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Where Is Gambia and What
Pirang, Gambia. Two women and a boy carry laundry. The women are using the traditional method carrying the baskets on their heads.
The Republic of the Gambia, commonly known as the Gambia, or Gambia is the smallest country on mainland Africa, bordered to the north, east, and south by Senegal, with a small coast on the Atlantic Ocean in the west. Its borders roughly correspond to the path of the Gambia River, the nation's namesake, which flows through the country's center and empties into the Atlantic Ocean. Its size is almost 10,500 kmē with an estimated population of 1,700,000. Banjul is Gambia's capital, but the largest conurbation is Serekunda.
On 18 February 1965, Gambia was granted independence from the United Kingdom and joined The Commonwealth. Since gaining independence in 1965, Gambia has enjoyed relative stability, with the exception of a brief period of military rule in 1994.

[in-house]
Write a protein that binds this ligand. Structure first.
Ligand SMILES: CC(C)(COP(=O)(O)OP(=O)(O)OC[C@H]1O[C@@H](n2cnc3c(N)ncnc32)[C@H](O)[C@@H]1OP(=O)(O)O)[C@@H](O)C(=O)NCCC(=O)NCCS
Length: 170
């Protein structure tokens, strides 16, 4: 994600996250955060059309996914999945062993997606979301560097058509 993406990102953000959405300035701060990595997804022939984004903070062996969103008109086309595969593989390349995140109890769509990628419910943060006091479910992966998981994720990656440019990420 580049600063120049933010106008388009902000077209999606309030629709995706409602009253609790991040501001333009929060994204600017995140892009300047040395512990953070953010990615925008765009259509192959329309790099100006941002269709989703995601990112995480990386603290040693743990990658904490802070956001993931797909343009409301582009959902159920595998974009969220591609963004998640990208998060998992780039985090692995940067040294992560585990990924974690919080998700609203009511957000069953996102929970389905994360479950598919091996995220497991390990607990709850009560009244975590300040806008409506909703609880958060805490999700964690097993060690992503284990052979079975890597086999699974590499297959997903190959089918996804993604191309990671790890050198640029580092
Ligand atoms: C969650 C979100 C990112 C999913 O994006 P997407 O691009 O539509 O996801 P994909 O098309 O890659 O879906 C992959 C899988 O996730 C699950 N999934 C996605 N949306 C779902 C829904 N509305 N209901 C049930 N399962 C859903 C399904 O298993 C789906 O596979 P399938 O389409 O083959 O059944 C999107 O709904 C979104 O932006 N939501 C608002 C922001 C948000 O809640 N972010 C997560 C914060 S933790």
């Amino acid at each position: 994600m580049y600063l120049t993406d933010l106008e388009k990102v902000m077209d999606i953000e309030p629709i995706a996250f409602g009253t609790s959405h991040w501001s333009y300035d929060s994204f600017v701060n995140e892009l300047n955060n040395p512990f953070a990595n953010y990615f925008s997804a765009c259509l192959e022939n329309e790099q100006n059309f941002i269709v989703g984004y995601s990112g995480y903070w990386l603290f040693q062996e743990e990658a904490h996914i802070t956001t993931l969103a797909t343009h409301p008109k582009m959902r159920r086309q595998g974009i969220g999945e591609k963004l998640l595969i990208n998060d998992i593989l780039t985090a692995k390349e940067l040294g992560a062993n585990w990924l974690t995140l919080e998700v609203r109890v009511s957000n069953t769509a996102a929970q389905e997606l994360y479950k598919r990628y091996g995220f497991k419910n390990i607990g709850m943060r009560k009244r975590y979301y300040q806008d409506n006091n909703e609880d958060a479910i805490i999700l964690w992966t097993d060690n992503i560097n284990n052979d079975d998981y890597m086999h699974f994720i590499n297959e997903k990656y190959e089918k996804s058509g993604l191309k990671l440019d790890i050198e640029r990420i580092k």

Sandy beaches are backed by mangrove swamps, beyond which are savanna. The climate is tropical, with most rainfall in the summer. Over 70 percent of Gambians are farmers, growing chiefly groundnuts (the main export), cotton, oil palms and food crops. Livestock rearing and fishing are important while manufacturing is limited. Re-exports, mainly from Senegal, and tourism are major sources of income.
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